# X-bar and range chart

## What is it?

An X-bar and R (range) chart is a pair of control charts used with processes that have a subgroup size of two or more. The standard chart for variables data, X-bar and R charts help determine if a process is stable and predictable. The X-bar chart shows how the mean or average changes over time and the R chart shows how the range of the subgroups changes over time. It is also used to monitor the effects of process improvement theories. As the standard, the X-bar and R chart will work in place of the X-bar and s or median and R chart. To create an X-bar and R chart using software, download a copy of SQCpack.

## What does it look like?

The X-bar chart, on top, shows the mean or average of each subgroup. It is used to analyze central location . The range chart, on the bottom, shows how the data is spread . It is used to study system variability .

## When is it used?

You can use X-bar and R charts for any process with a subgroup size greater than one. Typically, it is used when the subgroup size falls between two and ten, and X-bar and s charts are used with subgroups of eleven or more.

Use X-bar and R charts when you can answer yes to these questions:

- Do you need to assess system stability?

- Is the data in variables form?

- Is the data collected in subgroups larger than one but less than eleven?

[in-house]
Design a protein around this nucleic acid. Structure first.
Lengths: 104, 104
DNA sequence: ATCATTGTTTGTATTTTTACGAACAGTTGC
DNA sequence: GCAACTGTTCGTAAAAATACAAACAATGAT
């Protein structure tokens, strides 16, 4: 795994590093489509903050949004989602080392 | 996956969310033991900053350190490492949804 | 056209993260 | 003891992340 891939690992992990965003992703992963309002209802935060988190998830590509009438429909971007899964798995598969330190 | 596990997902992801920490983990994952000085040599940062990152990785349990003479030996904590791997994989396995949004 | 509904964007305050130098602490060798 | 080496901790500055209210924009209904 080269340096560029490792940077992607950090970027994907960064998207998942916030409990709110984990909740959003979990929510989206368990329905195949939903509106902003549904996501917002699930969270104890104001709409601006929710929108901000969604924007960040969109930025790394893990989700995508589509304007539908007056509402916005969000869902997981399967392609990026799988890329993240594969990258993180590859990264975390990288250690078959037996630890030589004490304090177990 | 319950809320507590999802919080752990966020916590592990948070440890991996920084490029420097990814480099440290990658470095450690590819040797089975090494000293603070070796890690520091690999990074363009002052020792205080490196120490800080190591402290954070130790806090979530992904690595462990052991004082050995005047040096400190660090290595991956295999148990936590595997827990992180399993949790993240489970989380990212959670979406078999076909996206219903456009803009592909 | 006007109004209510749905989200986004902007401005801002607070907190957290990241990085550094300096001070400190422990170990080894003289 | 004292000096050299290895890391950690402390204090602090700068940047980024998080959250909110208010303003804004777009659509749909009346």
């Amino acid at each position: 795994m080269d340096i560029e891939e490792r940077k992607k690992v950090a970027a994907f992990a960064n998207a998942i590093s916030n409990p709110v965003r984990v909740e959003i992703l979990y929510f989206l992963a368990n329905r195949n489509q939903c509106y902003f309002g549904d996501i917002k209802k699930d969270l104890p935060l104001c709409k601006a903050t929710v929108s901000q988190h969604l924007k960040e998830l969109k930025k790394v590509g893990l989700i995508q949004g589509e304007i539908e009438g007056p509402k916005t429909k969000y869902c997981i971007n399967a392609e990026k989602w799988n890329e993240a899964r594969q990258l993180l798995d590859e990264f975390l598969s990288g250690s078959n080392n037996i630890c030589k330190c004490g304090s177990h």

- Is the time order of subgroups preserved?

## Getting the most

**Collect as many subgroups as possible before calculating control limits.** With smaller amounts of data, the X-bar and R chart may not represent variability of the entire system. The more subgroups you use in control limit calculations, the more reliable the analysis. Typically, twenty to twenty-five subgroups will be used in control limit calculations.

X-bar and R charts have several applications. When you begin improving a system, use them to **assess the system’s stability . **

After the stability has been assessed, **determine if you need to stratify the data.** You may find entirely different results between shifts, among workers, among different machines, among lots of materials, etc. To see if variability on the X-bar and R chart is caused by these factors, collect and enter data in a way that lets you stratify by time, location, symptom, operator, and lots.

You can also use X-bar and R charts to **analyze the results of process improvements.** Here you would consider how the process is running and compare it to how it ran in the past. Do process changes produce the desired improvement?

Finally, use X-bar and R charts for **standardization**. This means you should continue collecting and analyzing data throughout the process operation. If you made changes to the system and stopped collecting data, you would have only perception and opinion to tell you whether the changes actually improved the system. Without a control chart, there is no way to know if the process has changed or to identify sources of process variability.